The research team is working with the ECEC sector in Western Australia and nationally to develop a checklist to assess whether services are meeting the standards detailed in Quality Area 3 of the National Quality Standard.
This will help services identify what they can do to improve the quality of their physical environment to better support children’s physical activity, health and development. So far, over 115 long day care services and 1400 children (2-5 years) and families have taken part in the PLAYCE study.
Preliminary findings show less than one third of children meet the recommended three hours of physical activity per day and less than 8% achieve this recommendation in an average day while attending ECEC.
Physical health and wellbeing project – Gowrie Training and Consultancy and Queensland University of Technology (QUT)
Gowrie Training and Consultancy (Tasmania) are collaborating with the Faculty of Education, QUT, in an Australian Early Development Census (AEDC) funded research project – Physical health and wellbeing: innovative approaches in an inner-city community.
Project leader Dr Megan Gibson from QUT, together with Professor Andrew Hills from the University Tasmania, will be working with Gowrie Training and Consultancy and educators from the Lady Gowrie Integrated Child and Family Centre in Tasmania.
The AEDC is a national, population-based evaluation of child development in the first year of full-time schooling. AEDC data can help professionals working with children and families to think critically about how to effectively support children’s development. Early childhood educators are well placed to proactively use AEDC data to support and enhance children’s learning and development. The project applies action research to support and enhance children’s physical health and wellbeing through:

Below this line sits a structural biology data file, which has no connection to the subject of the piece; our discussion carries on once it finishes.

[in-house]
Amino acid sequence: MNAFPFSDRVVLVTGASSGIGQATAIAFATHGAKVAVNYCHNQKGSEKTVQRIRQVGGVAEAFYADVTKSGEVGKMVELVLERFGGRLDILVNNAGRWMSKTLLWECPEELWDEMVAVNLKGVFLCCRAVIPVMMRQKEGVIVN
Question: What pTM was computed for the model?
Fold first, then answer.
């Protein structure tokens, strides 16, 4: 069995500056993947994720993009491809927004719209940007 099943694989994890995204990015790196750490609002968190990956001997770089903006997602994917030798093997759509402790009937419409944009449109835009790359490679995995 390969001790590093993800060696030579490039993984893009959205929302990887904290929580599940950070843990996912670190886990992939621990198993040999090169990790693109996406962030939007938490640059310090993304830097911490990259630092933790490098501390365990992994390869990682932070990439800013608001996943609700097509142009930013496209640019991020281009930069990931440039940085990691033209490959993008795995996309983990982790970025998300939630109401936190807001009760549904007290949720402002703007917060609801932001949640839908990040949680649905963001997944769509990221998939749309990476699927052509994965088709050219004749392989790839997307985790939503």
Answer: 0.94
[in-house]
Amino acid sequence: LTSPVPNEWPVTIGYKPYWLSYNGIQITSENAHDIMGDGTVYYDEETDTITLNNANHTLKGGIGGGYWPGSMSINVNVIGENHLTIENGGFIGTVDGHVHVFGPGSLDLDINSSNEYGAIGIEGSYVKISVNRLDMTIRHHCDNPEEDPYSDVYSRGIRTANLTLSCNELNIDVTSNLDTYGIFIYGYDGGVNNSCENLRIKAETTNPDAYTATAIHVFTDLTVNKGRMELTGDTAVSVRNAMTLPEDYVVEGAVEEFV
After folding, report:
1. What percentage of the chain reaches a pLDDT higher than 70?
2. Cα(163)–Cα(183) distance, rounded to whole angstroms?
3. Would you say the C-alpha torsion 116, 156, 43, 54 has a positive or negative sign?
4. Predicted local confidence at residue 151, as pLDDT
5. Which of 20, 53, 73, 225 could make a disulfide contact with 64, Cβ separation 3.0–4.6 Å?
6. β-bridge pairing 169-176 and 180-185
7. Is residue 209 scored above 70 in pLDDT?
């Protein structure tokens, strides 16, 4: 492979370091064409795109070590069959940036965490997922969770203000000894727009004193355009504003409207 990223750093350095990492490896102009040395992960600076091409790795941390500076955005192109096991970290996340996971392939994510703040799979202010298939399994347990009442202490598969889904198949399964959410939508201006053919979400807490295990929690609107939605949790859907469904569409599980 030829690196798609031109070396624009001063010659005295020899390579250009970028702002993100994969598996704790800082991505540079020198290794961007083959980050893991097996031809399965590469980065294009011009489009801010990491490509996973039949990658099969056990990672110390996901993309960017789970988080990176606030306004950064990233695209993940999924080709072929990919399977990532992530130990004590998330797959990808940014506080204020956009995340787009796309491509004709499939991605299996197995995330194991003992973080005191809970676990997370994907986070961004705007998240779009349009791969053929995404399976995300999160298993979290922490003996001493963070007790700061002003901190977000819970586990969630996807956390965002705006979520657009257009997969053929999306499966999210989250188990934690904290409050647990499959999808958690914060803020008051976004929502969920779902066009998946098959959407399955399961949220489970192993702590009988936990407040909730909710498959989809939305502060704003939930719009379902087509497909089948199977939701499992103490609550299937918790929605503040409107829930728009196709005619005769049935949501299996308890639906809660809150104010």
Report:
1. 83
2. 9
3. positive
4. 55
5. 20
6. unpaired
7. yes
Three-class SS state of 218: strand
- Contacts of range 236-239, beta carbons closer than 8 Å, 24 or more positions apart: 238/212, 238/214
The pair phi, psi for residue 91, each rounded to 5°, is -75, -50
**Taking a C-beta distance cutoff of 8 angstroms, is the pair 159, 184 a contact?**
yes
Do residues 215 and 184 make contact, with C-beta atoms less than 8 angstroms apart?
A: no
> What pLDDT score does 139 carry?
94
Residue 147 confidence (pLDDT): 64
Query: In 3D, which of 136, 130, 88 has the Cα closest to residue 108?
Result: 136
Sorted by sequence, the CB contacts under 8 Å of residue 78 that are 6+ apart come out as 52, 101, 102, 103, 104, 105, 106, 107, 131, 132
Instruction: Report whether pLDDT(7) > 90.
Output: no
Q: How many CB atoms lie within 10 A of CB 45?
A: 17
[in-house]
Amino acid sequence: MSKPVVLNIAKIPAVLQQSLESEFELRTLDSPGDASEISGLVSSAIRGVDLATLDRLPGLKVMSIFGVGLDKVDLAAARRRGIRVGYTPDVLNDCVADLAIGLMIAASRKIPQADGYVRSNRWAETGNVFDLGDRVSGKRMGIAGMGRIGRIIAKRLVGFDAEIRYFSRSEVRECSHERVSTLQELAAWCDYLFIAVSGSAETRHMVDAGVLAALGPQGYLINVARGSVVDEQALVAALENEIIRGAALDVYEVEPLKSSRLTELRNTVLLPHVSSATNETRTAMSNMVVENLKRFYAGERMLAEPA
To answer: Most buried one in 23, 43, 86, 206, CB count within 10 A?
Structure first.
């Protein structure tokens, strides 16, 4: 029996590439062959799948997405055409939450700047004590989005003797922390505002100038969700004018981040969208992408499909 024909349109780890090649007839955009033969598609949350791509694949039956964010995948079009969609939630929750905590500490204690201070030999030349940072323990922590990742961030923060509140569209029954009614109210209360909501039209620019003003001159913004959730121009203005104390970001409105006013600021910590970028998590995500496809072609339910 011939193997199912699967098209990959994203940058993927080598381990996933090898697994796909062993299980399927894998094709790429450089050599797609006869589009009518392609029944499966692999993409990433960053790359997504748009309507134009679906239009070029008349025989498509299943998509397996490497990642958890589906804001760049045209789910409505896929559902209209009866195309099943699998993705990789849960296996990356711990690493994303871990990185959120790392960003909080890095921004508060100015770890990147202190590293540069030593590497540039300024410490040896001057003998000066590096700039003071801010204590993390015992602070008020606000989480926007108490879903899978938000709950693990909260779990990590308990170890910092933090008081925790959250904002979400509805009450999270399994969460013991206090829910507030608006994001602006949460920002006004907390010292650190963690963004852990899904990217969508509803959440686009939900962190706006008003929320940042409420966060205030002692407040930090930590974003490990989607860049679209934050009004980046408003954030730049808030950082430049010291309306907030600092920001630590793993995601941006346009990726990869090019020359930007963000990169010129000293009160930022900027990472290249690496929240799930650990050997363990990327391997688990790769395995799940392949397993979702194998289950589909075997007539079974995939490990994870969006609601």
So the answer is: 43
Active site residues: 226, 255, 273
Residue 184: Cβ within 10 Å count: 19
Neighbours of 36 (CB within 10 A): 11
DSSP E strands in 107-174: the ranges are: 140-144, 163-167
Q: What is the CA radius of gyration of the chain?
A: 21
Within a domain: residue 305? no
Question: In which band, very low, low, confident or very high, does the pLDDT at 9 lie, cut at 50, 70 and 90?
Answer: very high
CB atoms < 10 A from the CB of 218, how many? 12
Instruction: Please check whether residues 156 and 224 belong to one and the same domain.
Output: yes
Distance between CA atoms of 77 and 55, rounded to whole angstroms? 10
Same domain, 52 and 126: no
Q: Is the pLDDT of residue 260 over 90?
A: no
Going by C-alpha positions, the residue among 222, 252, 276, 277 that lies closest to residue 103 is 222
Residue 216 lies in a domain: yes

- building educator capability in relation to using AEDC data sets to inform professional decisions
- enacting pedagogical practices that afford children opportunities to engage in challenging physical play, and
- measuring and communicating about the effects of intentional, sustained and contextual practices to families, the local community and other ECEC services.
The overarching research question is: How can early childhood educators enable children to flourish in the area of physical health and wellbeing?
The project involves educators applying key elements of action research to explore possibilities for children to flourish physically. Pedagogical documentation is central to the project as a tool for reflective practice that enables different ways of thinking about physical development.
Examples of key areas of focus include: physical literacy, risk, the use of the outdoor environment, innovative ways to use equipment and resources, and educator decision-making. Across the course of the project, educators are exploring resources to inform and shape their thinking about physical health and wellbeing, with examples including Active Healthy Kids Australia and Gooey Brains.
Early research findings have seen enhanced experiences and opportunities for children in the area of physical development. For further information on the Physical health and wellbeing project, you can contact: Dr Megan Gibson, Senior Lecturer, Faculty of Education, QUT – [email protected]. You can also read about the range of AEDC projects currently funded in Tasmania.
Now we have taken you through examples of the latest research and studies, how might you engage with their findings to improve quality outcomes for children? Conducting an action research project at your service is one way to incorporate some of the ideas. The prompt questions below are another means of reflecting on physical activity at your service. You could also use some of the specific questions from any of the above studies or findings.
Questions for further investigation:
- What innovative ideas could you incorporate into your environments to increase activity? For example, Duplo boards on the walls for construction or taking away chairs from the art area.
- What skills and knowledge do educators have about physical activity, recommendations and fundamental movement skills?
- How is risk aversion impacting physical activity?
- What impact is the provisioning of outdoor environments having on children’s physical activity?
Sahlberg, P. (2018) FinnishED Leadership: Four big, inexpensive ideas to transform education, Corwin, California.